Britain, Monday, 3rd August

Morning Lichnowsky gives Grey an assurance from Berlin that "a threat to the French north coast on our part will not take place as long as England remains neutral". He also assures Grey that Germany will maintain the "integrity" of Belgium after the war.

Morning Shortly after Grey sees Lichnowsky, the British Foreign Office learns Germany has sent an ultimatum to Belgium.

9.30 A.M. Bonar Law and Lord Lansdowne call on Asquith. They fear he is trying to find a reason for Britain not to intervene. On talking to him they conclude he supports Grey and Churchill but is trying to find a way to keep the cabinet together.

10.00 A.M. Cabinet Meeting Grey reports the latest information. He tells the cabinet about the unconfirmed German demand for passage of its troops through Belgium. He mentions Lichnowsky's promise that Germany will not attack the French coast if Britain is neutral but he doubts that Lichnowsky is authorised to say this.
Asquith announces he has overnight authorised the mobilisation of the British Army for home defence.
They discuss the statement Grey is to make to the House of Commons in the afternoon and agree the principle points.
Asquith now has resignation letters from three cabinet members and another announces he will resign. The meeting is very emotional. Asquith says in other circumstances he would resign but there would be no government with a majority in the House of Commons. He thinks coalitions are bad for the country.
Lloyd George makes a strong appeal for them not to go or delay and sit in their usual places when Grey speaks in the Commons, and the Government appears united. The Liberal Party members in the Commons are not aware of the cabinet resignations when Grey makes his statement. Later two members withdraw their resignations. [More]

Early afternoon King George receives a personal telegram from King Albert of Belgium referring to the King's friendship and Britain's support of Belgium in 1870. King Albert makes a supreme appeal for "the Diplomatic intervention of your Majesty's government to safeguard the integrity of Belgium".

3.00 P.M. Grey makes a statement to a packed House of Commons. He explains that Britain has no alliance or binding military agreements with France.
As a result of the strong friendship France has with Britain her fleet has concentrated in the Mediterranean and Britain has now promised France the Royal Navy will protect the Channel and western coasts of France.
He goes on to talk about Belgium as a problem becoming worse by the hour. He tells the House it appears an ultimatum has been given to Belgium by Germany offering friendly relations if she facilitates the passage of German troops. He does not yet know if this news is accurate. He mentions King Albert's appeal to Britain for diplomatic intervention.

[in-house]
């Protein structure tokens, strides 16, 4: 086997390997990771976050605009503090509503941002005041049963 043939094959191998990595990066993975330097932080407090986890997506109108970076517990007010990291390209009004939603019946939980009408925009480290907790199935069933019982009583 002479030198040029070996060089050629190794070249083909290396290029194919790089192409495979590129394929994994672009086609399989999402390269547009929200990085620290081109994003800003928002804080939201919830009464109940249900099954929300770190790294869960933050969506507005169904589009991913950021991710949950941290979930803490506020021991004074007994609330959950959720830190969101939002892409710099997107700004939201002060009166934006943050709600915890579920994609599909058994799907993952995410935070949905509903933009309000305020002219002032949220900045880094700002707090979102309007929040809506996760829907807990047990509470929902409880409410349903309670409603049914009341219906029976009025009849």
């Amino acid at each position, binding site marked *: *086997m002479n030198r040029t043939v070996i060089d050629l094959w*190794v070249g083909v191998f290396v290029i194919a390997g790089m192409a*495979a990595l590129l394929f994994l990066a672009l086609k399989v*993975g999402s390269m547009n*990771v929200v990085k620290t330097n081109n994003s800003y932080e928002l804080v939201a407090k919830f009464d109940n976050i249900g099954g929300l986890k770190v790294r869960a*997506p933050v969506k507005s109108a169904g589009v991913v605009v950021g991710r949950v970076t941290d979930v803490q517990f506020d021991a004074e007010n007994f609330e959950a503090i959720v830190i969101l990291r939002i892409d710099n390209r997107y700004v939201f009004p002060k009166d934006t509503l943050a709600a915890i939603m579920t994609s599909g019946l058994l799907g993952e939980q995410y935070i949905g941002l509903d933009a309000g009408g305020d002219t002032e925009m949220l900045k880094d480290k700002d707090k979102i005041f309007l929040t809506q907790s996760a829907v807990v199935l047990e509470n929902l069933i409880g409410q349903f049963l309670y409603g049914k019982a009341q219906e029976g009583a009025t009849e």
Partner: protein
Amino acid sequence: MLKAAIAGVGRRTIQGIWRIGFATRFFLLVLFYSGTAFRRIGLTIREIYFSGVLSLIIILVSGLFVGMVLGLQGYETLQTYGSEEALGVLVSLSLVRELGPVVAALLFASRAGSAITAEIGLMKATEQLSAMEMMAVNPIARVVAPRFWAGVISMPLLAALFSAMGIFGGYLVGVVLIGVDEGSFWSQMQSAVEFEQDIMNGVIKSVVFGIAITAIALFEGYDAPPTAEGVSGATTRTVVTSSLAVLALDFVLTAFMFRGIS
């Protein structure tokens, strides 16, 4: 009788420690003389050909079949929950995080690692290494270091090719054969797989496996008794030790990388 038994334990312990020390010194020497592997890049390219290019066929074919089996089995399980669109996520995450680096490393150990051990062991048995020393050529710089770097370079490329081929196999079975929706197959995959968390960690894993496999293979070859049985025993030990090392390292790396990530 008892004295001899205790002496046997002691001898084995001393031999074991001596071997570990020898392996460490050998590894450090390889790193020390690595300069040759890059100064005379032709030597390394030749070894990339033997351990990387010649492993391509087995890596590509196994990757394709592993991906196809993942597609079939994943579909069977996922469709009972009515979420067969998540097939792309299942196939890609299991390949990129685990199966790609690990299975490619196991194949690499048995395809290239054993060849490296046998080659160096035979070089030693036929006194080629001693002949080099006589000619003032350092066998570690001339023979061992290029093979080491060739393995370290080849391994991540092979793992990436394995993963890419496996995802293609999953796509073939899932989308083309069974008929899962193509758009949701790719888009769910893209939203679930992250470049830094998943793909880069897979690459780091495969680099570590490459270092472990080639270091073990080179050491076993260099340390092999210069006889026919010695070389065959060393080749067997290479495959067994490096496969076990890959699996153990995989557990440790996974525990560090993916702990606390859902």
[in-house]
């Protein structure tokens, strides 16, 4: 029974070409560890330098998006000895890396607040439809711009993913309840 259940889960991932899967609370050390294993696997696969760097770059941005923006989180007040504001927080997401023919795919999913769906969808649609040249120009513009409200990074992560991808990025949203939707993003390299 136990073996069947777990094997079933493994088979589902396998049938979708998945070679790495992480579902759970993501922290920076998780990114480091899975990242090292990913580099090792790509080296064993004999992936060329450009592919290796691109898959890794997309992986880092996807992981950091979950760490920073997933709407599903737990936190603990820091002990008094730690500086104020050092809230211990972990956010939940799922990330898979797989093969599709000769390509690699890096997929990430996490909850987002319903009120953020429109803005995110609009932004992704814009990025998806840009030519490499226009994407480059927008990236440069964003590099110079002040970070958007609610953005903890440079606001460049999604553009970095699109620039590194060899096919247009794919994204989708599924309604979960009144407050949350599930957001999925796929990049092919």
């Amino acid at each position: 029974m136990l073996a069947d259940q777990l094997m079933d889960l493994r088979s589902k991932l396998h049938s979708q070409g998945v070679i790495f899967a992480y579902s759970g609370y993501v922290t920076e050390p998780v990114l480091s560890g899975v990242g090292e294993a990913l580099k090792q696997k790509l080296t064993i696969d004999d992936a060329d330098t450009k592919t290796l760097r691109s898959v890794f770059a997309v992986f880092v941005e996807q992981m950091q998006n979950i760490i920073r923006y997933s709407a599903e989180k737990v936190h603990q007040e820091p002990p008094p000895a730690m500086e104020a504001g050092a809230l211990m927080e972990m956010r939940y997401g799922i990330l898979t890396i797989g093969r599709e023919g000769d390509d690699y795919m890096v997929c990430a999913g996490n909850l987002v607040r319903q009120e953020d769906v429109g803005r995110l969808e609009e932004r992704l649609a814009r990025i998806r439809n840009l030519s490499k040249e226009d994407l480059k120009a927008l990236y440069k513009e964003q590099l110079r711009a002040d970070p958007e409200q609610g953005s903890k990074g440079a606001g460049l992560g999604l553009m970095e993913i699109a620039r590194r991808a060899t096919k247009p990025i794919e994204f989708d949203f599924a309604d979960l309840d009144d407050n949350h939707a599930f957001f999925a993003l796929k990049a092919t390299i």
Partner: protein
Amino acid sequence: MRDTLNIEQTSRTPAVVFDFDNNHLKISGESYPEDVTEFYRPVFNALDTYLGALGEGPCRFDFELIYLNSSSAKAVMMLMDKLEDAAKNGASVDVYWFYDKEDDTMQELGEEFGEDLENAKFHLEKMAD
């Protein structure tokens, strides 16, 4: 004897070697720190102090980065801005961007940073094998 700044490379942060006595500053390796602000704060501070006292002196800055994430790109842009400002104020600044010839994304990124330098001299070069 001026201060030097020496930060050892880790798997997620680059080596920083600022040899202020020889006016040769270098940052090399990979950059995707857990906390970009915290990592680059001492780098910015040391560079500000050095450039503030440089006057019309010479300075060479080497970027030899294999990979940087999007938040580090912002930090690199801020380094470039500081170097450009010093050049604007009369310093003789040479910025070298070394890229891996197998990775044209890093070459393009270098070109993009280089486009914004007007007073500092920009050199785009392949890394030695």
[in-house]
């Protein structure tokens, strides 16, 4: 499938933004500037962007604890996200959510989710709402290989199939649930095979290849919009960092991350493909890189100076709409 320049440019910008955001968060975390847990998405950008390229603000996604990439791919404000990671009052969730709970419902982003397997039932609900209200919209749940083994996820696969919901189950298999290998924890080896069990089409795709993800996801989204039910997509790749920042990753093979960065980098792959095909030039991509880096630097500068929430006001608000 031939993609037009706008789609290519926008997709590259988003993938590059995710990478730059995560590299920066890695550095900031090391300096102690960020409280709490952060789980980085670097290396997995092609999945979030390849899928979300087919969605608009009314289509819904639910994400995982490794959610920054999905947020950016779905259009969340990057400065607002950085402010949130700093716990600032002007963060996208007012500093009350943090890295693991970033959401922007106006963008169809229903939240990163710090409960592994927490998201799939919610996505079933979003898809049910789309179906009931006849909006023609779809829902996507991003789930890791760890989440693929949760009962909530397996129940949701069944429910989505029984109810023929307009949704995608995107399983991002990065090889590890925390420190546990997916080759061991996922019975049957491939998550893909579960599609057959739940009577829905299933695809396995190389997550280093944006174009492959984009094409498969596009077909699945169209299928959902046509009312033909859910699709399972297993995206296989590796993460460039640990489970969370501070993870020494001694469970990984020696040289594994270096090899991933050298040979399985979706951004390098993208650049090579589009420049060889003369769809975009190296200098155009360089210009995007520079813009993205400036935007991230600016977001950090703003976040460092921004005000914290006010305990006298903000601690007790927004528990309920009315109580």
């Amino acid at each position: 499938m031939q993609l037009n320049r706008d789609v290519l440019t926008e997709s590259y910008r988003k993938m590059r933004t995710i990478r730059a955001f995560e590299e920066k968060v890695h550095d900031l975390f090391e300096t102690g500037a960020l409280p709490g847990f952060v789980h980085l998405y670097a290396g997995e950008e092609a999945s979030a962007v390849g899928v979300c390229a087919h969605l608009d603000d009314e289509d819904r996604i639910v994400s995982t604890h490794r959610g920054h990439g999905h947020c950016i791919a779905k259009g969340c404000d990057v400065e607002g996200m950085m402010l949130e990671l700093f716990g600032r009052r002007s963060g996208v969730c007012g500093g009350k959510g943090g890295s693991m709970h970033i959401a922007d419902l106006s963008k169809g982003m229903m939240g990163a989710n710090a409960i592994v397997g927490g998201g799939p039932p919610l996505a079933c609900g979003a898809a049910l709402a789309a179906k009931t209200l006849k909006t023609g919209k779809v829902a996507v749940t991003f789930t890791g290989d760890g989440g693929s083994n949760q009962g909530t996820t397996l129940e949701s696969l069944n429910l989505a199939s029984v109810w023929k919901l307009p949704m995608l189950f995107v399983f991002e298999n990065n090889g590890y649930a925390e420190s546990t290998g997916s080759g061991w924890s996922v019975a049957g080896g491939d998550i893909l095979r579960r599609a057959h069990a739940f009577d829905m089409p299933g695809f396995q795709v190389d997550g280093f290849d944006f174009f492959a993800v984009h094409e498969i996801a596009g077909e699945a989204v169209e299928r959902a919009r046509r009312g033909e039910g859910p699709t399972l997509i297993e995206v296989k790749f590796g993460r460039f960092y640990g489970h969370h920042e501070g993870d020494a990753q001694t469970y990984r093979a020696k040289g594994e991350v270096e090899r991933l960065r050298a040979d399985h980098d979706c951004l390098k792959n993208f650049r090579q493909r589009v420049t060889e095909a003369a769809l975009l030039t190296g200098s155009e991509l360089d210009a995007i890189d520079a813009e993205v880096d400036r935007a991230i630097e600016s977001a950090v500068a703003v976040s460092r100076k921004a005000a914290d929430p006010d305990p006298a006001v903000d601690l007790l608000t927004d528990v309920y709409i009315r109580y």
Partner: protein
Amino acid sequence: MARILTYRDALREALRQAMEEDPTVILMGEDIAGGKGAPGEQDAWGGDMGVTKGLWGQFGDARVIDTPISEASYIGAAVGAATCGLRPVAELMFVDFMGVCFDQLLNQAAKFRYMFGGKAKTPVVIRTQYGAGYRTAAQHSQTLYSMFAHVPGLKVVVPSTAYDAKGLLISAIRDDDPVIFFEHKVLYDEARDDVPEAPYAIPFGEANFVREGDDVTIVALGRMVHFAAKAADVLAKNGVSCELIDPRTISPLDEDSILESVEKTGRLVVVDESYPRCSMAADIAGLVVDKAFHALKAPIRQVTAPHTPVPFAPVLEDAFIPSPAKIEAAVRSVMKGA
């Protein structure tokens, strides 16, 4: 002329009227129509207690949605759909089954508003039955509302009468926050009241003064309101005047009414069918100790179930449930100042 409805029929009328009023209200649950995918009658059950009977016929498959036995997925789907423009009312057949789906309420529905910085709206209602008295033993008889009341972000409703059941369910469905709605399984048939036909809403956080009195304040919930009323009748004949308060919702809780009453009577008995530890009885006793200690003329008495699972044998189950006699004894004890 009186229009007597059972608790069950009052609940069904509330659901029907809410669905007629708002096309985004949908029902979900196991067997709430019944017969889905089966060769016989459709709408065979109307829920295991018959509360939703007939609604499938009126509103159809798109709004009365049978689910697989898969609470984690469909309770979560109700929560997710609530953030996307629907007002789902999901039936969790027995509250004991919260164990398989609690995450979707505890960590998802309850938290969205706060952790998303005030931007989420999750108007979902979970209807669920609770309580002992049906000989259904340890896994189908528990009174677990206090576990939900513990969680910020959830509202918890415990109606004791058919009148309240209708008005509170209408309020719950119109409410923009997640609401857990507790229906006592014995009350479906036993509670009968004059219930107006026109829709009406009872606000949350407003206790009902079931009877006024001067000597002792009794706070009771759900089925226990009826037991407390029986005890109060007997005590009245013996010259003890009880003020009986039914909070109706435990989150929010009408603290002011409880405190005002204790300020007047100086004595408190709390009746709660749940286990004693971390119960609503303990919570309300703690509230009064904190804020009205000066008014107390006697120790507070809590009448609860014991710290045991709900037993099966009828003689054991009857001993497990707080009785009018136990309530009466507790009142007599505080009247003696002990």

He says Britain cannot stand aside and see Belgium lose her neutrality and France defeated. It would mean the whole of the continent falling under the control of a single power. Britain has always opposed such aggrandisement.
Grey says Britain, with its powerful Fleet, will suffer little more in war than if she stands aside. Trade will cease and Britain will suffer terribly whether or not she is in the war.
On the Conservative benches the cheering and clapping show overwhelming support for Grey. On the Liberal side the reaction is much less enthusiastic especially below the gangway. [More]

About 4.30 P.M. Following Grey the leader of each main political party makes a brief statement. Bonar Law for the Conservatives again gives the government "unhesitating support".
Redmond, the leader of the Irish Parliamentary Party, to great surprise, is wholeheartedly behind the government's policy.
MacDonald, the leader of the Labour Party, says he believes the government is wrong and Britain should remain neutral. The Speaker then suspends further debate until 7.00 P.M.

After the last speeches A meeting of the Liberal Foreign Affairs Group attracts 27 MPs. The majority of them disagree with Grey and they issue a press release calling for the government to continue negotiations with Germany with a view to Britain remaining neutral.

6.00 P.M. Cabinet Meeting The cabinet meets again and agrees that a message is sent the next day to Berlin asking the German government to withdraw its ultimatum to Belgium. [More]

7.00 P.M. Grey returns to the Commons and reads a note he has just received from the Belgian legation. It summarises the German ultimatum and declares that Belgium has rejected the ultimatum and is resolved to repel aggression by all possible means. He and Asquith leave the House.
Even though Grey had the support of most MPs, the great majority or at least three-quarters by some estimates, the three hour evening adjournment debate that follows produces mainly speakers against the government's policy, and no cabinet members take part. [More]

Evening While looking out of his office window watching the lamps being lit in St James Park, Grey makes the remark "The lamps are going out all over Europe; we shall not see them lit again in our lifetime".

Brief The cabinet resignations